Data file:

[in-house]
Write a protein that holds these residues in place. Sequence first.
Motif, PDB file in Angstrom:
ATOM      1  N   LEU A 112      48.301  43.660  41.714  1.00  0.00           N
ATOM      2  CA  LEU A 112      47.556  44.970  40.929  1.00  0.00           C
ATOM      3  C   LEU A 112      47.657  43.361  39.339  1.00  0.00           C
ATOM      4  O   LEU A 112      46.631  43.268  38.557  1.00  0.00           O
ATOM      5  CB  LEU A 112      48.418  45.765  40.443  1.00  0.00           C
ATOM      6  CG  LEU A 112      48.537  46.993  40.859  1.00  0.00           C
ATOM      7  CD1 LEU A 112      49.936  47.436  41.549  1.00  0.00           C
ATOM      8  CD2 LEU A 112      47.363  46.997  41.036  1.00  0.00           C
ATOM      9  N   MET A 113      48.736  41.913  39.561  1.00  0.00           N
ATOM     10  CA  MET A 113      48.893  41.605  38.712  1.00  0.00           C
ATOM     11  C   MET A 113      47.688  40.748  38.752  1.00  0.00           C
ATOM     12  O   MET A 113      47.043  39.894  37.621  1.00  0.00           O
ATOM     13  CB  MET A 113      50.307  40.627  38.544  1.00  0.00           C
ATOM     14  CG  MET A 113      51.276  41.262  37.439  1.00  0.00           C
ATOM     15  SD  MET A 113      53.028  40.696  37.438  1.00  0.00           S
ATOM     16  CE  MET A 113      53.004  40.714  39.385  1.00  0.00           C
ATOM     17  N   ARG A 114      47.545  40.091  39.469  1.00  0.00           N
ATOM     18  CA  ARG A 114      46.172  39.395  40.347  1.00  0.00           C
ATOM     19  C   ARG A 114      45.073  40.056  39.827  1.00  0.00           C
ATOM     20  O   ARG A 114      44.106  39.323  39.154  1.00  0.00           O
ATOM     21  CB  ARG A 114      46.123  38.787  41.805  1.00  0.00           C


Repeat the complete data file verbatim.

[in-house]
Write a protein that holds these residues in place. Sequence first.
Motif, PDB file in Angstrom:
ATOM      1  N   LEU A 112      48.301  43.660  41.714  1.00  0.00           N
ATOM      2  CA  LEU A 112      47.556  44.970  40.929  1.00  0.00           C
ATOM      3  C   LEU A 112      47.657  43.361  39.339  1.00  0.00           C
ATOM      4  O   LEU A 112      46.631  43.268  38.557  1.00  0.00           O
ATOM      5  CB  LEU A 112      48.418  45.765  40.443  1.00  0.00           C
ATOM      6  CG  LEU A 112      48.537  46.993  40.859  1.00  0.00           C
ATOM      7  CD1 LEU A 112      49.936  47.436  41.549  1.00  0.00           C
ATOM      8  CD2 LEU A 112      47.363  46.997  41.036  1.00  0.00           C
ATOM      9  N   MET A 113      48.736  41.913  39.561  1.00  0.00           N
ATOM     10  CA  MET A 113      48.893  41.605  38.712  1.00  0.00           C
ATOM     11  C   MET A 113      47.688  40.748  38.752  1.00  0.00           C
ATOM     12  O   MET A 113      47.043  39.894  37.621  1.00  0.00           O
ATOM     13  CB  MET A 113      50.307  40.627  38.544  1.00  0.00           C
ATOM     14  CG  MET A 113      51.276  41.262  37.439  1.00  0.00           C
ATOM     15  SD  MET A 113      53.028  40.696  37.438  1.00  0.00           S
ATOM     16  CE  MET A 113      53.004  40.714  39.385  1.00  0.00           C
ATOM     17  N   ARG A 114      47.545  40.091  39.469  1.00  0.00           N
ATOM     18  CA  ARG A 114      46.172  39.395  40.347  1.00  0.00           C
ATOM     19  C   ARG A 114      45.073  40.056  39.827  1.00  0.00           C
ATOM     20  O   ARG A 114      44.106  39.323  39.154  1.00  0.00           O
ATOM     21  CB  ARG A 114      46.123  38.787  41.805  1.00  0.00           C